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July 2, 2020

Between LOC and LAC

Opinion

July 2, 2020

A fatal clash that broke out between Indian and Chinese troops, in the mountainous region of the Galwan Valley of Ladakh, resulted in the death of at least 20 Indian troops and critical injuries to several others. As per reports, Chinese troops also sustained injuries.

This was the first bloody fight between two nuclear armed countries since 1967 when the two sides faced off at Nathu La. Indian Prime Minister Modi, who projects himself as a tough statesman, in televised comments said, “Nobody has intruded into our border, neither is anybody there now, nor have our posts been captured.” His remarks not only seemed to be that of a weak leader but also undermined the ultimate sacrifices of the Indian army. However, PM Modi has a completely different approach towards the Line of Control (LOC) -- with Pakistan.

Despite the fact that India lost more than 20 of its soldiers including a colonel along with many other hostages to Chinese forces, there hasn’t been much war hysteria created by the Indian media, no political chest thumping to “teach China a lesson”. Instead: a complete black out of information. However, on the LOC, even pigeons aren’t allowed to fly into Indian territory. If they do, Indian authorities accuse them of spying and subject the poor birds to a thorough body screening.

Contrary to the LAC, India troops have unconditional support from the highest political office to use every kind of latest weapons against Pakistani forces and innocent civilians living along the border. Ironically, India accused Chinese forces of brutality and misconduct but in the first five months of 2020, it has committed 1,296 ceasefire violations along the LOC with Pakistan, which resulted in seven deaths and critical injuries to 98 civilians. Indian Occupied Kashmir (IOK) is already passing through one of its hardest times with all of its political leadership imprisoned and ethnic cleansing of the Kashmiri people on the rise.

There is a general perception that Indian belligerence is deeply motivated by the need of the Modi government to appear tough towards Pakistan. The Pakistan bogey is seen as a rallying point to galvanise public support for Modi, especially in the BJP’s core support base of chauvinist Hindutva hardliners who are also part of the BJP’s core decision-making body, particularly in its national security. One of the motivations behind the Modi government’s policy of belligerence towards Pakistan stem primarily from its belief that India is now a regional power with superior military capabilities over its arch rival. Such self-aggrandisement has largely been encouraged by its hawkish politico-military leadership in New Delhi. On the China front, however, there was complete silence during the recent crisis at the LAC.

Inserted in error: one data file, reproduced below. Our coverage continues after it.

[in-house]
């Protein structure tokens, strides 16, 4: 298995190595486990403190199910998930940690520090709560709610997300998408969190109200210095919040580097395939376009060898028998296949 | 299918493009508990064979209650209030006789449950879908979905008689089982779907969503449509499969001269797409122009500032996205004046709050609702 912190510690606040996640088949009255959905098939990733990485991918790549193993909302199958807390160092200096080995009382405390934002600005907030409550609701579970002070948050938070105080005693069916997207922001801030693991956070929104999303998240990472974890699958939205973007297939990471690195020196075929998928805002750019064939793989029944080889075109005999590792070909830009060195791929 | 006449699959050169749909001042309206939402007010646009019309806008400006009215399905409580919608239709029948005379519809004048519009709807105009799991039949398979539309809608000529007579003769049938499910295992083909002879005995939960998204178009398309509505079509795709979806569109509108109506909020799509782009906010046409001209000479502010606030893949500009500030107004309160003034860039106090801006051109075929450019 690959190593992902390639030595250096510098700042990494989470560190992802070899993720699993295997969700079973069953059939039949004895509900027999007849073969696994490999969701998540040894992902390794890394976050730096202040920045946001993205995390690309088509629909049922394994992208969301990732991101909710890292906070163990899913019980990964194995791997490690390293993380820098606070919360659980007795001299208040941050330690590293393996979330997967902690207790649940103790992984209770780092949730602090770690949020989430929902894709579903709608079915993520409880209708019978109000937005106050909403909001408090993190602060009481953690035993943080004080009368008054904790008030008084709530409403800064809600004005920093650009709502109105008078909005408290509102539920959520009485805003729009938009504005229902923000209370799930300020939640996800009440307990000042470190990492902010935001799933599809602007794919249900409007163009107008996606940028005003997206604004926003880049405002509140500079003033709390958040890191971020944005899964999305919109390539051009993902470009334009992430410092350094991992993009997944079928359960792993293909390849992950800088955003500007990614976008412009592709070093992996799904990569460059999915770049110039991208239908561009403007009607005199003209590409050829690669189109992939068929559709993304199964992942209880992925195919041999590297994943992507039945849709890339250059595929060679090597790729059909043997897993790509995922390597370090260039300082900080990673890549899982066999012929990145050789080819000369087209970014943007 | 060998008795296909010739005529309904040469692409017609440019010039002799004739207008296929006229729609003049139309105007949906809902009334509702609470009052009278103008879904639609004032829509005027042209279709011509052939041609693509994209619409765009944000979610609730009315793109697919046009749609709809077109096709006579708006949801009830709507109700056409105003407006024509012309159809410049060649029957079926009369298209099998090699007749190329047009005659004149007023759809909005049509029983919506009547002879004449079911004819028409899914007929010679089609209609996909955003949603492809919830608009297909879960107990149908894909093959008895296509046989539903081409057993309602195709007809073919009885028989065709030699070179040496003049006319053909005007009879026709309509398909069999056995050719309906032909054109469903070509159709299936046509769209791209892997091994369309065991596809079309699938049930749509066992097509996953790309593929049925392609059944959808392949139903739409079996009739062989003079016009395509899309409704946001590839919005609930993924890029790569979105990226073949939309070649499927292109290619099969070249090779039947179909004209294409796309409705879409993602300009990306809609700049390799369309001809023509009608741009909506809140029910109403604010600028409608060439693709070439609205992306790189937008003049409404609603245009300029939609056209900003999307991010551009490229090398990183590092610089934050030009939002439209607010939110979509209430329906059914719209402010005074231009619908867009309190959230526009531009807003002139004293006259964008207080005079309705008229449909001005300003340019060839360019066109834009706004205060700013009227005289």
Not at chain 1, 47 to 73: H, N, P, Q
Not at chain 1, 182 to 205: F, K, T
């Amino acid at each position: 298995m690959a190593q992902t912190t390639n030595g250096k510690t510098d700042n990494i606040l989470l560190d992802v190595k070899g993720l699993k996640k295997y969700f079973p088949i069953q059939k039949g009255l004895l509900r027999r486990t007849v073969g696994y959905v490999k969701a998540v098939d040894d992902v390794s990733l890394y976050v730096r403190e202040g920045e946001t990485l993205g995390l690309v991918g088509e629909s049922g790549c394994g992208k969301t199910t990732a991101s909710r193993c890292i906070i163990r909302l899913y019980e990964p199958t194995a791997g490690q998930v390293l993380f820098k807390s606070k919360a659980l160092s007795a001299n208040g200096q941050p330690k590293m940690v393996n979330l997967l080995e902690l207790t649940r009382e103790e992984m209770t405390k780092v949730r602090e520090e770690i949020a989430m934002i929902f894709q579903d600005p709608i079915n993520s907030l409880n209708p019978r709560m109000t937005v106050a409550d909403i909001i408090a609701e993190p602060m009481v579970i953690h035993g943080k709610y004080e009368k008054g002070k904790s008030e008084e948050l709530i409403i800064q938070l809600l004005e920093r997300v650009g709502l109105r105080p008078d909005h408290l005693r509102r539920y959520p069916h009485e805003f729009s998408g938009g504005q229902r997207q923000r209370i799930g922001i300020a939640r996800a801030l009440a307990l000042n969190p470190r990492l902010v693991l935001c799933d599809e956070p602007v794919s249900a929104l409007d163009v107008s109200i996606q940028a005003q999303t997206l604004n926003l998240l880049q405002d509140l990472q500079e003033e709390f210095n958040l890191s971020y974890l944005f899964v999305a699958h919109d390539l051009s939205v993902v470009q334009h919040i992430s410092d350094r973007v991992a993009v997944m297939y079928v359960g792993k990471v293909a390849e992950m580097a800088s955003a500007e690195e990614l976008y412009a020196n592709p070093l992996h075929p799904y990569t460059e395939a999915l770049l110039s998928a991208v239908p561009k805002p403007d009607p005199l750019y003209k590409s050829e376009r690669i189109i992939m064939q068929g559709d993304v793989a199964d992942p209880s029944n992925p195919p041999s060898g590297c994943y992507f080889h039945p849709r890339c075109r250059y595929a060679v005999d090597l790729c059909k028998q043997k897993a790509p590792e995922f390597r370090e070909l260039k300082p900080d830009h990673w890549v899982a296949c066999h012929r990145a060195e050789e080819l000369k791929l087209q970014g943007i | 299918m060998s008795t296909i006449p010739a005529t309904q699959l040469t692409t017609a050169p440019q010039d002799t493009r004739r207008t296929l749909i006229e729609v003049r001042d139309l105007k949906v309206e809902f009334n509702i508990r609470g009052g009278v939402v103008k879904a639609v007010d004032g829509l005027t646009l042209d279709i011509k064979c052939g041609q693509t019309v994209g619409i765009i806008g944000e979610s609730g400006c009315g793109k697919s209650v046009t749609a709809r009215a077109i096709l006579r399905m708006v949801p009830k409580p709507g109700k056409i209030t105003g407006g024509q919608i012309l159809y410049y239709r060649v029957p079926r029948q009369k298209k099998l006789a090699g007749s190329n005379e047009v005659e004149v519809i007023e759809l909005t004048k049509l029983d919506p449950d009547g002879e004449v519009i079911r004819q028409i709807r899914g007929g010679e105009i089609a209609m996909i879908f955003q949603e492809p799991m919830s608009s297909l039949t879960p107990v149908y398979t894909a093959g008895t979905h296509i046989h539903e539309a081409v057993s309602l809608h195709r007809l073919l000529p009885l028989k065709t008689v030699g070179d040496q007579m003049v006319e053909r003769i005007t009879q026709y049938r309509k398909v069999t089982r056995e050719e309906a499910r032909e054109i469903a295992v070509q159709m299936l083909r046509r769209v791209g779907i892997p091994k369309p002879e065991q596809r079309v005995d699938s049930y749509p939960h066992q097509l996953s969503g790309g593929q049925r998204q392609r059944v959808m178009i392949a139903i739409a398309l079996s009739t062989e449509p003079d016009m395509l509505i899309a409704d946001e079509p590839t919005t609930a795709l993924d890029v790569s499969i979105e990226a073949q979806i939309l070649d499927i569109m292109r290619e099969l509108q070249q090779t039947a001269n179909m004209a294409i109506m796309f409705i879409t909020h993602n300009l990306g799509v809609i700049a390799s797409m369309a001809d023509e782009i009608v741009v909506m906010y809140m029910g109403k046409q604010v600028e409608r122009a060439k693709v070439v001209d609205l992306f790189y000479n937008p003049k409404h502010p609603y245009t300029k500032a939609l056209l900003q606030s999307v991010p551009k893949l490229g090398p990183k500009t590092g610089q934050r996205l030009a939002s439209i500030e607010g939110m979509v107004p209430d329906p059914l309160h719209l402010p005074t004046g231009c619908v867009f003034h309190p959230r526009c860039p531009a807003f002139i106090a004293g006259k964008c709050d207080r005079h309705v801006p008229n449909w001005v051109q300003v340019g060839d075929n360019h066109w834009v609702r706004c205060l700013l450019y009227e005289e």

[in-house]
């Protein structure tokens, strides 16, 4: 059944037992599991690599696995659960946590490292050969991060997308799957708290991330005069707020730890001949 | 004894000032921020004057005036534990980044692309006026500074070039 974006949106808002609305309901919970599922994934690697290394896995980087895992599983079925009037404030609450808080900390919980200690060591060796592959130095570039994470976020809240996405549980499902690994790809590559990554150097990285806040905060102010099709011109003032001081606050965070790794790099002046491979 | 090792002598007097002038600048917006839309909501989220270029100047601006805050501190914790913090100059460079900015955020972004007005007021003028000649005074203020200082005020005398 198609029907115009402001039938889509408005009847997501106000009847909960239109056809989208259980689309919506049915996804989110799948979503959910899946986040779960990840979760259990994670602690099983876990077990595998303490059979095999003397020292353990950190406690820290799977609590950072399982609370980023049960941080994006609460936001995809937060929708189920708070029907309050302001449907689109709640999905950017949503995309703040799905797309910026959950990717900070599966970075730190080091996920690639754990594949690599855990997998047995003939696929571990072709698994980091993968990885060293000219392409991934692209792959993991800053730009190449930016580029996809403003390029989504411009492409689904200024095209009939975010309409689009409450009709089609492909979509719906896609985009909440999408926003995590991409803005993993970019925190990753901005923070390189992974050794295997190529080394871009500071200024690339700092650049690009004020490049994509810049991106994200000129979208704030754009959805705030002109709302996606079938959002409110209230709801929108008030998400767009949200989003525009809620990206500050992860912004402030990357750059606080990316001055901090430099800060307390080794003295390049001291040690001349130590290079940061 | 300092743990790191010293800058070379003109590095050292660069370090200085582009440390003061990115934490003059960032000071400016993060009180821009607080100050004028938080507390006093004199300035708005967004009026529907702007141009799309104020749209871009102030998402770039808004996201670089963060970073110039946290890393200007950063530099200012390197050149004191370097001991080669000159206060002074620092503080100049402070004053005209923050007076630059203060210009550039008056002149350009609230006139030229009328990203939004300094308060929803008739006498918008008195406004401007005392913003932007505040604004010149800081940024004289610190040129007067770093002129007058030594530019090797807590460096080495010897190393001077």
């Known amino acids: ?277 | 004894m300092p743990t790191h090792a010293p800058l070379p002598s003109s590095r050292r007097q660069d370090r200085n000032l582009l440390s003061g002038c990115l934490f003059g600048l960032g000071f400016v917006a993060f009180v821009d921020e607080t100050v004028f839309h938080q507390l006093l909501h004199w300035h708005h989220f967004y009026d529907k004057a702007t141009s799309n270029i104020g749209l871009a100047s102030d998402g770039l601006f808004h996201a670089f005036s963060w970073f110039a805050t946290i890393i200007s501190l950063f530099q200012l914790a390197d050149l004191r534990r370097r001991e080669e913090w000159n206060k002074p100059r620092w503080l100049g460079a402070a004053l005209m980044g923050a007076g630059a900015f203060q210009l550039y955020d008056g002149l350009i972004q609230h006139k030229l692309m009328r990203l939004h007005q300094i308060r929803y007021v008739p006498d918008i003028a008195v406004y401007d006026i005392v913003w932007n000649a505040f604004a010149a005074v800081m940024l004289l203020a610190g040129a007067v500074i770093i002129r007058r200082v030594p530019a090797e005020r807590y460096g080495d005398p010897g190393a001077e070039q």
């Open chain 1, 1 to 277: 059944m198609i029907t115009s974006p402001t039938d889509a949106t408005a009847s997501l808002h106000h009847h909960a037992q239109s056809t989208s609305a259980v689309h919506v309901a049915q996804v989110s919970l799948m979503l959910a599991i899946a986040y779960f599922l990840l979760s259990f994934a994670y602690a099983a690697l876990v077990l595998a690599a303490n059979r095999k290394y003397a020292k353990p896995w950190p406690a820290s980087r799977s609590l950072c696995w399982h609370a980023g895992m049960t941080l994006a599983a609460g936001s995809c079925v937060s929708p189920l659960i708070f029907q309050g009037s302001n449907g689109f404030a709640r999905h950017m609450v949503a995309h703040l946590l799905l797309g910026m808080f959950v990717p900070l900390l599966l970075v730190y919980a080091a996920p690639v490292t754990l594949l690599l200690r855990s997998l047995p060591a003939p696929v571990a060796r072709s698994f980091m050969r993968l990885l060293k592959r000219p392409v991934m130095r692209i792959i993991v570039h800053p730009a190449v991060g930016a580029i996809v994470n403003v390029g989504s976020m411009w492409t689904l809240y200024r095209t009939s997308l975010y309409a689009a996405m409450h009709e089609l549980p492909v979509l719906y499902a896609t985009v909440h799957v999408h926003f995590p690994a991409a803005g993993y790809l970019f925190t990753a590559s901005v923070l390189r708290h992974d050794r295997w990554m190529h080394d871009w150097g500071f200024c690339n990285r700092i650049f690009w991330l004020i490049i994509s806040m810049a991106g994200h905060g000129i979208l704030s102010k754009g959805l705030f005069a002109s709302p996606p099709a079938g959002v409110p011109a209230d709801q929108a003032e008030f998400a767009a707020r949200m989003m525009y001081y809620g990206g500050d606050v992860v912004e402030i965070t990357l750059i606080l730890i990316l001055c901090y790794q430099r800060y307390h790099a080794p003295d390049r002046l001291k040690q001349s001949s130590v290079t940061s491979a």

Over a period of time, India has significantly improved its military structure both qualitatively and quantitatively. The influx of sophisticated military hardware from Russia, France, US and Israel has drastically increased India’s warfighting capabilities. As a result, over the last many years, India has maintained a top slot among the world’s largest arms importing countries. Despite its aspirations to become a sole regional policeman, India’s defence forces modernization remains Pakistan-centric.

The Indian army’s Land Warfare Doctrine (LWD), which was declassified in 2018, lays down broad contours for the Indian military to counter the “collusive threat” emanating from China and Pakistan. Though, former Indian chief Gen Bipin Rawat’s concept of a “two front war” encapsulates the military service’s warfighting principles against both China and Pakistan but in real terms, the LWD’s aim is to enhance contingency plans and military preparedness against Pakistan. That involves quick mobilization of Integrated Battle Groups (IBGs) along the LOC as well as employment of interoperable equipment to counter its primary front. Pakistan always remains India’s primary front, hence the LOC too.

The recent confrontation at the LAC put India’s hawkish leadership in an extremely tough spot. The hyper-nationalistic urge to ‘defeat’ Pakistan reaches an entire new level whenever a pigeon crosses the LoC. This kind of nationalist urge to defeat China is missing. The Indian jingoism masquerading as nationalism has nothing to do with China but only Pakistan.

One wonders if PM Modi will ever be able to project the image of a tough and strong statesman after the humiliating episode in the Galwan Valley. It’s time for Pakistan to be prepared, both militarily and politically. History tells us that, whenever there is a crisis in India, due to internal or external factors, Pakistan has been made a scapegoat in order to divert public opinion from the real crisis. Pakistan needs to be prepared to counter any misadventure.

The writer is a former SAV Fellow at Stimson Center, Washington DC.

Email: [email protected]